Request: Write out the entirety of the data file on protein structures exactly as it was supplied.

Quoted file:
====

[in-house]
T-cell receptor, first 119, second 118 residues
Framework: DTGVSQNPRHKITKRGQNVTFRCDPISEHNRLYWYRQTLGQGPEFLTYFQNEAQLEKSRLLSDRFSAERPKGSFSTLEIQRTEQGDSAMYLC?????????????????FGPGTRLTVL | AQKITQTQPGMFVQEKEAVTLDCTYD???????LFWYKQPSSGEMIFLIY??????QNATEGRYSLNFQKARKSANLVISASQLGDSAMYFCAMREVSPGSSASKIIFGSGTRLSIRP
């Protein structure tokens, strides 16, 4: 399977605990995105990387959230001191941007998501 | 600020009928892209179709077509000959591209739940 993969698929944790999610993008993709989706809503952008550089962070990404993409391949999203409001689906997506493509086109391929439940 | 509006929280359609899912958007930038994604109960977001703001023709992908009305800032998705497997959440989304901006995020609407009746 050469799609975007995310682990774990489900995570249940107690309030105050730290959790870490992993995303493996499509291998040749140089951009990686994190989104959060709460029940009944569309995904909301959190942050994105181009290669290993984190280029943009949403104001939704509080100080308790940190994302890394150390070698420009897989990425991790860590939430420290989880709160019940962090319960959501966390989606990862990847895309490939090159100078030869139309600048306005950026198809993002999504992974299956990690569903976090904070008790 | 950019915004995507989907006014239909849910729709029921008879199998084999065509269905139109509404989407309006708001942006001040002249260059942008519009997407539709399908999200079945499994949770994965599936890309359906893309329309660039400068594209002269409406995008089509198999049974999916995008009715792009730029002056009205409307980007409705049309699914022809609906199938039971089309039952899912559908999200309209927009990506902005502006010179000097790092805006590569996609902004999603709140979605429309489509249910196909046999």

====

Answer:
[in-house]
T-cell receptor, first 119, second 118 residues
Framework: DTGVSQNPRHKITKRGQNVTFRCDPISEHNRLYWYRQTLGQGPEFLTYFQNEAQLEKSRLLSDRFSAERPKGSFSTLEIQRTEQGDSAMYLC?????????????????FGPGTRLTVL | AQKITQTQPGMFVQEKEAVTLDCTYD???????LFWYKQPSSGEMIFLIY??????QNATEGRYSLNFQKARKSANLVISASQLGDSAMYFCAMREVSPGSSASKIIFGSGTRLSIRP
């Protein structure tokens, strides 16, 4: 399977605990995105990387959230001191941007998501 | 600020009928892209179709077509000959591209739940 993969698929944790999610993008993709989706809503952008550089962070990404993409391949999203409001689906997506493509086109391929439940 | 509006929280359609899912958007930038994604109960977001703001023709992908009305800032998705497997959440989304901006995020609407009746 050469799609975007995310682990774990489900995570249940107690309030105050730290959790870490992993995303493996499509291998040749140089951009990686994190989104959060709460029940009944569309995904909301959190942050994105181009290669290993984190280029943009949403104001939704509080100080308790940190994302890394150390070698420009897989990425991790860590939430420290989880709160019940962090319960959501966390989606990862990847895309490939090159100078030869139309600048306005950026198809993002999504992974299956990690569903976090904070008790 | 950019915004995507989907006014239909849910729709029921008879199998084999065509269905139109509404989407309006708001942006001040002249260059942008519009997407539709399908999200079945499994949770994965599936890309359906893309329309660039400068594209002269409406995008089509198999049974999916995008009715792009730029002056009205409307980007409705049309699914022809609906199938039971089309039952899912559908999200309209927009990506902005502006010179000097790092805006590569996609902004999603709140979605429309489509249910196909046999």